Active Flow Control tech by BAE Systems selected by DARPA for CRANE programNews
September 10, 2021
WASHINGTON. The U.S. Defense Advanced Research Projects Agency (DARPA) awarded a contract to BAE Systems to design a full scale demonstrator concept with Active Flow Control at its core. The aircraft’s ability to maneuver in flight without conventional flight control surfaces could enable improved performance, maintainability, and survivability.
The contract award forms part of DARPA’s Control of Revolutionary Aircraft with Novel Effectors (CRANE) project, which intends to inject Active Flow Control technology early into the aircraft design process to demonstrate efficiency benefits, improvements to aircraft cost, weight, performance, and reliability.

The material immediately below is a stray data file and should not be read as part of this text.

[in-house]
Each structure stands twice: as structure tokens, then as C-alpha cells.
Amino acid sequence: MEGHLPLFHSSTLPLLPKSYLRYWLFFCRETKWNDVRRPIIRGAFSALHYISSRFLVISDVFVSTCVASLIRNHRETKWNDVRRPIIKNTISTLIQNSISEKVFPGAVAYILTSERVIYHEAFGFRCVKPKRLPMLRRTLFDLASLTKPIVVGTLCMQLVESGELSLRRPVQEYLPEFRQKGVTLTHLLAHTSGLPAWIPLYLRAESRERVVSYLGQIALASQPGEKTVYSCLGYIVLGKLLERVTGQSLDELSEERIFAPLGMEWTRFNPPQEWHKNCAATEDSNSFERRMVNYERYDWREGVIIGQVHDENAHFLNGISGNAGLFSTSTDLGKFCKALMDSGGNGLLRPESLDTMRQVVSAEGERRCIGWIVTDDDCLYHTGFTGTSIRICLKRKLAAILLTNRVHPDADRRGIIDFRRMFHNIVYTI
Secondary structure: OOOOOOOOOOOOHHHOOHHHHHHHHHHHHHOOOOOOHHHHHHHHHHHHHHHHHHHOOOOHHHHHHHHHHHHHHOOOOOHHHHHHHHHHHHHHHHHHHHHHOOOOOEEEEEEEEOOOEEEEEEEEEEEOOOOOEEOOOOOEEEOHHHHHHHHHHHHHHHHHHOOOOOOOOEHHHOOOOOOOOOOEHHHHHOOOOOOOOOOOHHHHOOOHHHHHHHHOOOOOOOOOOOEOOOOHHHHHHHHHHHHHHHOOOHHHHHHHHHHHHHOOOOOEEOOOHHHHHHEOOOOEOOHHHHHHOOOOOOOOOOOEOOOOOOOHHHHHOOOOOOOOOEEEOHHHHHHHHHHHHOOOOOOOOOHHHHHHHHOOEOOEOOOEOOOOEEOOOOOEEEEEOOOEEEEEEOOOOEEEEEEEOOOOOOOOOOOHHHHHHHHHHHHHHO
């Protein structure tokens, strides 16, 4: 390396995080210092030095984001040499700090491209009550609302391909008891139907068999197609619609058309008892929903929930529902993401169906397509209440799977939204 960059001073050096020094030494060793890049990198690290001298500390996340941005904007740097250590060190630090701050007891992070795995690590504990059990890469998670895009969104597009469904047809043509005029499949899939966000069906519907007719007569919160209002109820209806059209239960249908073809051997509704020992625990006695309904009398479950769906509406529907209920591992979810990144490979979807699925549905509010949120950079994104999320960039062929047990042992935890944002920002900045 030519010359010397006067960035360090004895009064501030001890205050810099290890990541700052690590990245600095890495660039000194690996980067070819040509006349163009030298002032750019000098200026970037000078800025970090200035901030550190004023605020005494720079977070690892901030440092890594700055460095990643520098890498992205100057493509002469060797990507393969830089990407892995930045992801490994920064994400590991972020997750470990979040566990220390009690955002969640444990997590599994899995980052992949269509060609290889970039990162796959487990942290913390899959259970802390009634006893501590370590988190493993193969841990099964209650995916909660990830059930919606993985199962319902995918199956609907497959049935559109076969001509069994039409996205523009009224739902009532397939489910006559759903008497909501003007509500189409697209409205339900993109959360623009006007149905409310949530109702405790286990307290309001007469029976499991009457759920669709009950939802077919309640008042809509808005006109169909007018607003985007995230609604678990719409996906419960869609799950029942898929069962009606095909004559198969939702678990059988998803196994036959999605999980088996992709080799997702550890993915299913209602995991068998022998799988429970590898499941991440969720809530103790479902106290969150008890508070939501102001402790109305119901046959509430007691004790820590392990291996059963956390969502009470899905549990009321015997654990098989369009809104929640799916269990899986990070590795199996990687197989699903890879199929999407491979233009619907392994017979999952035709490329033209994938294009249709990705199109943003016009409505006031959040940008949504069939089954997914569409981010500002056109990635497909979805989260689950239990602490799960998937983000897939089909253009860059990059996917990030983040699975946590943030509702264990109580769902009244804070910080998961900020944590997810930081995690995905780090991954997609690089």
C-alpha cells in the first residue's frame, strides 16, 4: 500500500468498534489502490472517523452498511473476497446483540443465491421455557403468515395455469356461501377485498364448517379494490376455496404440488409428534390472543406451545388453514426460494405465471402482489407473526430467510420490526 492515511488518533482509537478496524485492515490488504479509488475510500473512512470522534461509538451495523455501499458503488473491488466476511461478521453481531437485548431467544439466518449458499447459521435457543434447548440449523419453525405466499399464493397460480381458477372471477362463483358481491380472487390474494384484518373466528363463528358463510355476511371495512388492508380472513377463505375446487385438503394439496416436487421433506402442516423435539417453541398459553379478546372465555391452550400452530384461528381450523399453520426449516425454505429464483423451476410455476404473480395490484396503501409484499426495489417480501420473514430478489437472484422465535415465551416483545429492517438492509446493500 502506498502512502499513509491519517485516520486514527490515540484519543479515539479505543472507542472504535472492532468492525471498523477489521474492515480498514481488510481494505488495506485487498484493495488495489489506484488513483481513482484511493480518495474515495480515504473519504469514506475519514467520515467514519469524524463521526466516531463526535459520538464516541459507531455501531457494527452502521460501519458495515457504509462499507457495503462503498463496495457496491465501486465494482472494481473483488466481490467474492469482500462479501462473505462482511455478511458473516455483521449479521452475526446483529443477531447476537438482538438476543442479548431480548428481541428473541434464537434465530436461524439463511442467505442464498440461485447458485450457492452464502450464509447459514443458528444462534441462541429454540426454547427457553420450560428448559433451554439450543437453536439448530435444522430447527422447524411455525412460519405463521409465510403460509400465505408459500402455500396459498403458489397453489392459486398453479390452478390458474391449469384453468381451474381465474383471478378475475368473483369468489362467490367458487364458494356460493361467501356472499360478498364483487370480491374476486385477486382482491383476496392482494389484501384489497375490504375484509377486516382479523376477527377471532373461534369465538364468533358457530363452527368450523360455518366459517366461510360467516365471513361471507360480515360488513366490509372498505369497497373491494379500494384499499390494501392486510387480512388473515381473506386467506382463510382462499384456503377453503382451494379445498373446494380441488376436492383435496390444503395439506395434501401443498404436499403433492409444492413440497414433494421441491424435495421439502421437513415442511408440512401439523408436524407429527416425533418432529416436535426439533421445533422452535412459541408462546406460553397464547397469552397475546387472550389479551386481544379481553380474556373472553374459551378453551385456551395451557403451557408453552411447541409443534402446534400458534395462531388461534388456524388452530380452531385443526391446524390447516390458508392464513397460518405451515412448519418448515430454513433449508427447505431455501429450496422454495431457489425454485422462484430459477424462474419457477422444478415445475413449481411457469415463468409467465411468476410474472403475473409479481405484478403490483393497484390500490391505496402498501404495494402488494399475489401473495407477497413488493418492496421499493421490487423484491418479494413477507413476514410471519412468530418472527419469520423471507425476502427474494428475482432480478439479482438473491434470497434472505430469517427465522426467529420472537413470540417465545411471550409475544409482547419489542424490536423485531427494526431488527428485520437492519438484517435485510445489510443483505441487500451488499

According to the company, BAE Systems’ role in Project CRANE builds on its innovation demonstrated through MAGMA in 2019, where a subscale aircraft was maneuvered in flight using supersonically blown air and Active Flow Control technologies for the first time.
Active Flow Control is designed to offer military benefits that could deliver operational advantage in the battlespace. Active Flow Control technologies are designed to supplement or replace conventional moveable control surfaces to improve the performance of an aircraft at various points in the flight regime, as well as reduce mass and volume.